Friday, July 19, 2013

Katlyn: Week 4 - Helping with other projects

Ella and I (left) on the Elakha

Putting the equipment back in the water
This week Ella and I were able to get out of the office and help with other projects around Hatfield. One of the main projects that we were able to help out with and learn about was Francis Chan's physical oceanic factors data collection. We went out on the Elakha (an Oregon State research vessel) with Francis' crew and were able to help out with their data collection off the coast of Lincoln City. It was a one-day cruise and it was quite the experience for me because I had never been on the ocean before. It was exciting to be able out in the field and collect data with these scientists. It was also exciting to learn about what they were doing and how they do it. I learned that they collect the pH, temperature, salinity, and dissolved oxygen of the water with equipment that is attached to what they call a mooring, which is an anchor attached to a buoy. They do these cruises in order to collect the data that the equipment has been gathering and to do maintenance on the equipment. Being able to help wash the equipment and put it back in the ocean was a lot of fun. This was also a great experience because everyone on the boat was very welcoming, helpful, and willing to teach me about their work. The fact that the sun came out for the second half of the cruise was also nice.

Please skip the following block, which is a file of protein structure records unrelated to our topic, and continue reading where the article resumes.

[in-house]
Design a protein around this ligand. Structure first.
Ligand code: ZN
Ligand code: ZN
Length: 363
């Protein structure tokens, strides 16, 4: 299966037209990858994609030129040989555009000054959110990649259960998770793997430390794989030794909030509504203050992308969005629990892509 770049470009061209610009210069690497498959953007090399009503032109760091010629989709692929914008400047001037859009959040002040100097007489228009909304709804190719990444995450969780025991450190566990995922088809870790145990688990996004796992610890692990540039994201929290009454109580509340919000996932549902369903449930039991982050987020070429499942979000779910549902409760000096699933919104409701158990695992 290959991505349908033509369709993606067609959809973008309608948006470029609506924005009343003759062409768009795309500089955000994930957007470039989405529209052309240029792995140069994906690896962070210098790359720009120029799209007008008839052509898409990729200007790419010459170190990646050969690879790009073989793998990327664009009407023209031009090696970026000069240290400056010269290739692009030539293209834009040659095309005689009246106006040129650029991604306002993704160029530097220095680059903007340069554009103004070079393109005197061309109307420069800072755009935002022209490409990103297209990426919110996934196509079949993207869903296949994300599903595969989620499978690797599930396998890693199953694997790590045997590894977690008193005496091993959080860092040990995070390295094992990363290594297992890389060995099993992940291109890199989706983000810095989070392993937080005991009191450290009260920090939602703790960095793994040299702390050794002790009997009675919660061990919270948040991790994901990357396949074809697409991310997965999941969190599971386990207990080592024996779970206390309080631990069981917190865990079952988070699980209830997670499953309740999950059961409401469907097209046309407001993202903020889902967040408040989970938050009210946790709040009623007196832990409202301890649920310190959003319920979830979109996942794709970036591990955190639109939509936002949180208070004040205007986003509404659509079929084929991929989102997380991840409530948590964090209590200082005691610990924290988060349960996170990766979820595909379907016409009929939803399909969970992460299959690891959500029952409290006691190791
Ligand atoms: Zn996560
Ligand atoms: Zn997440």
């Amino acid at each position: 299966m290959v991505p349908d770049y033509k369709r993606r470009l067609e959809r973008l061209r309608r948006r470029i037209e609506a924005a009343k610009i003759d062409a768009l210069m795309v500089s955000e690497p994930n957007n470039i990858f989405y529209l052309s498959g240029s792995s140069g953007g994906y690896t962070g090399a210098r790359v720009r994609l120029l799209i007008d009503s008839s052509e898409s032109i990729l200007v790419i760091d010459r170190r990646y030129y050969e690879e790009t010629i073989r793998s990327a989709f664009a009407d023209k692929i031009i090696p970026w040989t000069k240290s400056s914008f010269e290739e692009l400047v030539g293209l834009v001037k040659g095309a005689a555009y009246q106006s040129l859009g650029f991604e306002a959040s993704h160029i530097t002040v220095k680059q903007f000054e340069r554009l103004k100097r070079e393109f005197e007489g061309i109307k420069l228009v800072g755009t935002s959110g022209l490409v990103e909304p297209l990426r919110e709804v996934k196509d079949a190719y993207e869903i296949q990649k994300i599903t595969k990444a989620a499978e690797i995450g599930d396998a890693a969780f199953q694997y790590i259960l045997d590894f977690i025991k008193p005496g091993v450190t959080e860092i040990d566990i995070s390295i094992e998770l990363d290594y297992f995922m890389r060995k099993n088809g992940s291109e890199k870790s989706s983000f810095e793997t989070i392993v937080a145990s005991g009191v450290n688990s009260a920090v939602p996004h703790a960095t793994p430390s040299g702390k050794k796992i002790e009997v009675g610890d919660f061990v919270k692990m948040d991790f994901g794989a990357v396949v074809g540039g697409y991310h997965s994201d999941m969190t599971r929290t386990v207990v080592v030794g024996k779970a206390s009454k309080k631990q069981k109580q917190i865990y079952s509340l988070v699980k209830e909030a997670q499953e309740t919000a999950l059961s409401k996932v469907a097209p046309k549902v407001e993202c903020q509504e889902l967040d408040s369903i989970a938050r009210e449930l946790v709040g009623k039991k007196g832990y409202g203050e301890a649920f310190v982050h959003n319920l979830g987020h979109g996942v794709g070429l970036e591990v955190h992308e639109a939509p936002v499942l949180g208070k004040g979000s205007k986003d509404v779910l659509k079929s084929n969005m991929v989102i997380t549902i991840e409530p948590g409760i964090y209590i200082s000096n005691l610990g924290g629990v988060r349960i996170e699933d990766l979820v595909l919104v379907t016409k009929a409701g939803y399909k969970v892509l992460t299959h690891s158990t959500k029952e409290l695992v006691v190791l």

View from the observation deck on our way back to the dock

Ella, Natalie, and I (middle) in front of the
 mudflat with the slurp guns and shrimp
Another project that we were able to help with this week was Natalie Coleman's project. She is collecting mud shrimp in order to retrieve their gastric mill, which is a grinding apparatus near the stomach of the shrimp. After retrieving these gastric mills from the gut of the shrimp she will mount them on a microscope slide and look for growth rings in them so she can determine the age of the shrimp. Ella and I were able to help her with this project by going out onto the mudflats behinds Hatfield with slurp guns, which are suction tubes used to get shrimp out of their burrows. We then collected around 20 mud shrimp with these slurp guns, which was fun because we were able to be out in the mud and the sun. This was a week full of fun helping other people with their field work! I am so glad we were able to gain a broader range of skills by being a part of these different experiences!

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